Apparently, because for JD to say that an Army General Officer appearing at a “Spiritual Fitness Center,” in which religious ceremonies are to be held, standing in front of a Christian Flag, is purely a non-religious event defies belief.

    Taken in aggregate with all the other egregious violations of militery and civil law undertaken by Dominionist opertives as illustrated by the sixteen thousand plus complaints received by the MRFF from military members who are victims of command centered coercive proselytizing , General Brooks appearance can be nothing other than a continuation of the Dominionist agenda. At best, inappropriate. At worst, illegal.


  • Let’s get into the ‘Spirit” of the debate.

    JD asks for specific regulations prohibiting such an appearance by Gen. Brooks.

    JD Knows full well that governmental endorsement of religion occurs whenever a public official — such as a military officer — takes any action that “‘convey[s] or attempt[s] to convey a message that religion or a particular religion is favored or preferred.” (quoting Wallace v. Jaffree, 472 38, 70 (1985).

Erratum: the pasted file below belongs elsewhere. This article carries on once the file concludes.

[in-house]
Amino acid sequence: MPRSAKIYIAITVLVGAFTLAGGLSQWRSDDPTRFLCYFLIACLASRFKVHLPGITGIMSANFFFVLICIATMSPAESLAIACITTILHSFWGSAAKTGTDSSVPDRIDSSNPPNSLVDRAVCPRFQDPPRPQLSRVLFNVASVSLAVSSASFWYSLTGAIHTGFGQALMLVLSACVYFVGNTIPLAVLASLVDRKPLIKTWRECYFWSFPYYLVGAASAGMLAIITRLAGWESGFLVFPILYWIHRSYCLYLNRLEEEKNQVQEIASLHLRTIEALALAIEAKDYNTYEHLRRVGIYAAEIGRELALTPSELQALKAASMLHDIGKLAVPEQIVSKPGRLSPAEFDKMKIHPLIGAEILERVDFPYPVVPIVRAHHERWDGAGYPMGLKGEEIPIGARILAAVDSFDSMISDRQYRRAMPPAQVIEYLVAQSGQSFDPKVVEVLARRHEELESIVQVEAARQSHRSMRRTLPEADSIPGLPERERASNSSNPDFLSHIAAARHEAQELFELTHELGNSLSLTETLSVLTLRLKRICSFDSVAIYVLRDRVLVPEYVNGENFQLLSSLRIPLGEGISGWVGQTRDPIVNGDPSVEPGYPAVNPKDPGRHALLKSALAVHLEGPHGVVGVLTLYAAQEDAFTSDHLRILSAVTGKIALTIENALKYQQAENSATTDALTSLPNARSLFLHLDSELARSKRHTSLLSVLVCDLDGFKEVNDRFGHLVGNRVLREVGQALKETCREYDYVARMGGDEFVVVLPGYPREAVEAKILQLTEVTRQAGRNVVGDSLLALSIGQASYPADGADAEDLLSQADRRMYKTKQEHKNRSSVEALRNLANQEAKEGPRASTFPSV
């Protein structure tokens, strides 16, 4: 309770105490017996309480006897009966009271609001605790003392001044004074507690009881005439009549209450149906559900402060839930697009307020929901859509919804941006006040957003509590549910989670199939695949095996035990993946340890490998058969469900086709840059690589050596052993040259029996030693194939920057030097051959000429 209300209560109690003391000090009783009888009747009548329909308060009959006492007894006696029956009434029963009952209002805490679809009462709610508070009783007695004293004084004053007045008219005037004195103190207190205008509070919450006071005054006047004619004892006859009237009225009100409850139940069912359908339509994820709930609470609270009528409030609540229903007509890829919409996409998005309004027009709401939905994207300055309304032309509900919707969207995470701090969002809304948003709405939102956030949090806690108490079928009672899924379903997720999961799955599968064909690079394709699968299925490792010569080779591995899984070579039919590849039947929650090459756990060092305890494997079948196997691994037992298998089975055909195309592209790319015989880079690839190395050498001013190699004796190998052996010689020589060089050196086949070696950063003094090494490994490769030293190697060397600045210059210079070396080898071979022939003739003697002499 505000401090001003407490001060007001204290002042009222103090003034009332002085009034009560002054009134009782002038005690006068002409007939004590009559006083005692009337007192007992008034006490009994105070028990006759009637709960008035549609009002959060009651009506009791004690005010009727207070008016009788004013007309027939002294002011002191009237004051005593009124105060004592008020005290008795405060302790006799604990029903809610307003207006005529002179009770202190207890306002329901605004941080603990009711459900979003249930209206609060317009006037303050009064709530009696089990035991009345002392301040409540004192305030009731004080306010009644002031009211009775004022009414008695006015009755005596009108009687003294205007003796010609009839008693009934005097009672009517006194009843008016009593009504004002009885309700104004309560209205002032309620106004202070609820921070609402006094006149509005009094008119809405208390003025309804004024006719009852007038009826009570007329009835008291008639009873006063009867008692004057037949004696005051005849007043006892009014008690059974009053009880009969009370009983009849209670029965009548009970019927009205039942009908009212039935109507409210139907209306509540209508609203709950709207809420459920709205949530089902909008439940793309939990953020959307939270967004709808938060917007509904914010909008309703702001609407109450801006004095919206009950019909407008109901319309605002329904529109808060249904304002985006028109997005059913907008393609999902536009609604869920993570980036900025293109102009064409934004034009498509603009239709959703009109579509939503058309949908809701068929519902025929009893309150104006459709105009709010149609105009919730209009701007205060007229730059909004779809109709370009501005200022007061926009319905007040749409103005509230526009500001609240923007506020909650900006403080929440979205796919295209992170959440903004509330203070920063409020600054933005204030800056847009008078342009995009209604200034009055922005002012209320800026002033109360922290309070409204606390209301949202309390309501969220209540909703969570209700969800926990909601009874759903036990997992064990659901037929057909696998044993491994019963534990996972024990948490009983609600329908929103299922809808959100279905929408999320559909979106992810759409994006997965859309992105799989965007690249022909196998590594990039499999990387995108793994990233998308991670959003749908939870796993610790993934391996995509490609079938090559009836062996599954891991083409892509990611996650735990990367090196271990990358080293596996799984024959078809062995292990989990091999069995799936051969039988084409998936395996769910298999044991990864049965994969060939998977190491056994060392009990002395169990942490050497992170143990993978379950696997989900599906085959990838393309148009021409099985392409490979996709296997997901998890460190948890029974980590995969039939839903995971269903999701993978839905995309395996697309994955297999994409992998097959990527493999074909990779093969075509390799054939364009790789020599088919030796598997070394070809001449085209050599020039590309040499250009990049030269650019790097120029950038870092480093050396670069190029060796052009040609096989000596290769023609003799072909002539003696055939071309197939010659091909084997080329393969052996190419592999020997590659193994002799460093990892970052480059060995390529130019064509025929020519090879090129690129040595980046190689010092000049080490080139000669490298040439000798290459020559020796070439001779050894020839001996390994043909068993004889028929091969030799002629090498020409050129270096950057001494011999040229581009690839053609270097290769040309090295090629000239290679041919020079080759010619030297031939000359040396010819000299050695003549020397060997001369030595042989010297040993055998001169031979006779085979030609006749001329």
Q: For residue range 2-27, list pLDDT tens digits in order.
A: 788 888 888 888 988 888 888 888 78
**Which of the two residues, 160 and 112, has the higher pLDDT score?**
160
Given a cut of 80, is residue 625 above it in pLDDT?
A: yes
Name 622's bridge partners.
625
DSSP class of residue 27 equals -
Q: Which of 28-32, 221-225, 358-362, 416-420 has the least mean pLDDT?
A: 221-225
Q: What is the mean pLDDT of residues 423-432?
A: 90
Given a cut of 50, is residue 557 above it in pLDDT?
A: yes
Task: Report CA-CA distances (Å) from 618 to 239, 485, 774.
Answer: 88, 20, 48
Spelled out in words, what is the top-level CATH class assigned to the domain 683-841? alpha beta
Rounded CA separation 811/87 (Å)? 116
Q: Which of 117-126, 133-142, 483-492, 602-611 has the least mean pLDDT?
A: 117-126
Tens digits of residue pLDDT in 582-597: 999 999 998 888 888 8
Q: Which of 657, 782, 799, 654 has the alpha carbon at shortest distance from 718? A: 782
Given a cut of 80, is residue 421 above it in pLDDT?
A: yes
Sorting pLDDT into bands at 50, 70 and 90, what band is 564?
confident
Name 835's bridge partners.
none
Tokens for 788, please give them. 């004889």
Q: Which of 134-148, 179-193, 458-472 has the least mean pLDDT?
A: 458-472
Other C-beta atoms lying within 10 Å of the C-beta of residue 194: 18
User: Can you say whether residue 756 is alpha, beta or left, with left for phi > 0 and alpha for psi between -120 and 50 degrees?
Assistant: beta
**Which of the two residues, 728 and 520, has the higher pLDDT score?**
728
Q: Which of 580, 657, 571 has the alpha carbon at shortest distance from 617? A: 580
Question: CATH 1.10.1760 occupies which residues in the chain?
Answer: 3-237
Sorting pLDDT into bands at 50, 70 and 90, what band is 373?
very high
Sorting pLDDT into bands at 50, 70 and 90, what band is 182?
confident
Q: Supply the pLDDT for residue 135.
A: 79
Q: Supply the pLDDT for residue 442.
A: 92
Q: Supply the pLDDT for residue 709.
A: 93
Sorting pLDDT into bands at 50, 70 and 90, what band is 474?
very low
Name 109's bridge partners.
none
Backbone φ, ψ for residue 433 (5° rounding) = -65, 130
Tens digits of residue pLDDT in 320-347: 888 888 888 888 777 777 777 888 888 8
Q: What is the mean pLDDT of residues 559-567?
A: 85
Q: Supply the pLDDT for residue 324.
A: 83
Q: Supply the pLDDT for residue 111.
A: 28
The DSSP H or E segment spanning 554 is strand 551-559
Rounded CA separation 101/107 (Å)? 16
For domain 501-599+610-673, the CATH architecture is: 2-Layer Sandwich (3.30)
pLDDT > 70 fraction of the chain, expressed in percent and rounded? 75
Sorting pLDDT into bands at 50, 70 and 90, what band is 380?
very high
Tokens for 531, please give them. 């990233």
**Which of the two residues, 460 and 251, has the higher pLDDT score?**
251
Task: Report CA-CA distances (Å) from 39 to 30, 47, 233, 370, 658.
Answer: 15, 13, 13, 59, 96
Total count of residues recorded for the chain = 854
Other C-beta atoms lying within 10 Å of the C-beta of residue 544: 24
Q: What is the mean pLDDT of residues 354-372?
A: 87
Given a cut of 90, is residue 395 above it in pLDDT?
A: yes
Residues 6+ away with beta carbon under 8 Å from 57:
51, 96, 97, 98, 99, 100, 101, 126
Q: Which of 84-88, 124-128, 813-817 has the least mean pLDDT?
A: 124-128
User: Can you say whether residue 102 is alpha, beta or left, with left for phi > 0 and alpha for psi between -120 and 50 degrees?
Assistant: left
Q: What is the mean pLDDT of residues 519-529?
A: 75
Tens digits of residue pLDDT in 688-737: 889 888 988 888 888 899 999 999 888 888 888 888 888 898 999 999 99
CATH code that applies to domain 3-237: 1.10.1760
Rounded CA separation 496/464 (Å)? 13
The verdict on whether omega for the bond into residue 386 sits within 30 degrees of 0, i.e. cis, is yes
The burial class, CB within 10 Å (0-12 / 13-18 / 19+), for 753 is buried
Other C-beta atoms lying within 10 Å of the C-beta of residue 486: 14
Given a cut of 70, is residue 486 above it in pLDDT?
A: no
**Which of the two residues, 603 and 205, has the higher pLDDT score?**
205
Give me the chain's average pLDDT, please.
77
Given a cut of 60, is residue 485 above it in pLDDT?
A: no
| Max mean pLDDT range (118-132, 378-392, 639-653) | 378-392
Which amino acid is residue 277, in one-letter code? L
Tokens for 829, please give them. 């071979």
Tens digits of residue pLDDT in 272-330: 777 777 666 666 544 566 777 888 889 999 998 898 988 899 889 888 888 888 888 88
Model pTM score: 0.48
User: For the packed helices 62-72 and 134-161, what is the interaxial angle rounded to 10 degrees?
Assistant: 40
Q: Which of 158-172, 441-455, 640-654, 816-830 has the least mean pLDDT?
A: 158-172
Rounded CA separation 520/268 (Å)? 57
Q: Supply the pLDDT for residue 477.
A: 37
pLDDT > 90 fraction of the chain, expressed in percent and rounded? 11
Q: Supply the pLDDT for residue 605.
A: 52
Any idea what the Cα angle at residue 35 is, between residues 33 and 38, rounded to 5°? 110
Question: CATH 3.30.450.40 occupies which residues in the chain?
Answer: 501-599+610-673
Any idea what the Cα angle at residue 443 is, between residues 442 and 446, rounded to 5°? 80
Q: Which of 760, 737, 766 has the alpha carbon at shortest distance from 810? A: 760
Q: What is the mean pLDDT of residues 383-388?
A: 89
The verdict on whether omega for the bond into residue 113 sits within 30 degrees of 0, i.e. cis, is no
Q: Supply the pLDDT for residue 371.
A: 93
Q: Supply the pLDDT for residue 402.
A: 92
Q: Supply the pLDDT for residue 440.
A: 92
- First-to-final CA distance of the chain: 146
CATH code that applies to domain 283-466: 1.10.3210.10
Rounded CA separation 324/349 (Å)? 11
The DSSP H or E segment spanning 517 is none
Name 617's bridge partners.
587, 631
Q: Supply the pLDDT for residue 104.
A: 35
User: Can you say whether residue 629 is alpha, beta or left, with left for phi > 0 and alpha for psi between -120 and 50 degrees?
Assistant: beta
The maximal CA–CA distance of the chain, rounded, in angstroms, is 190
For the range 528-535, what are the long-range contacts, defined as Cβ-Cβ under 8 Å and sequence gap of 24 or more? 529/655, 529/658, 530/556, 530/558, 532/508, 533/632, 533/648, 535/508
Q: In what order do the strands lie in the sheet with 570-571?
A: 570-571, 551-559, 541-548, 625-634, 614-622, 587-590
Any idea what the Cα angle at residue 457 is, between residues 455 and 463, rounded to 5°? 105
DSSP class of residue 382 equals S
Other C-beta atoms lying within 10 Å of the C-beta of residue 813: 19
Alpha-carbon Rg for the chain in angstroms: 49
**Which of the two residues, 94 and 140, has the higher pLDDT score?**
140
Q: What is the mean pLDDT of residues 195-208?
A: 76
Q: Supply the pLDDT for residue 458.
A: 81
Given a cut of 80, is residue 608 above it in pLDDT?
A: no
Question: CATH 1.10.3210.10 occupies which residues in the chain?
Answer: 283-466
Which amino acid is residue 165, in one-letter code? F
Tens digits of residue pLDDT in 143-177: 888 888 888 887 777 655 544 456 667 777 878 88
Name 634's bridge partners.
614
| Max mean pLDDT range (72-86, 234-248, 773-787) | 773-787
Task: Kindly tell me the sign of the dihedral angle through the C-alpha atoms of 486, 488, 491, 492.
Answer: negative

The Supreme Court has held that the Establishment Clause prohibits any official action that promotes religion generally or shows favoritism toward any particular faith. Government should not prefer one religion to another, or religion to “non-religion.” Allegheny, 492 U.S. at 604. Government or its representatives may not demonstrate a preference for one particular sect or creed (including a preference for Christianity over other religions).”); Larson v. Valente, 456 U.S. 228, 244 (1982)

    “The clearest command of the Establishment Clause is that one religious denomination cannot be officially preferred over another.”

    If a general officer appears at a “Spiritual Center” on a military base, in which religious services can be held, standing in front of a Christian Flag, and is video taped or still photograped for general distribution, is that not a de facto express or implied endosement of Christianity?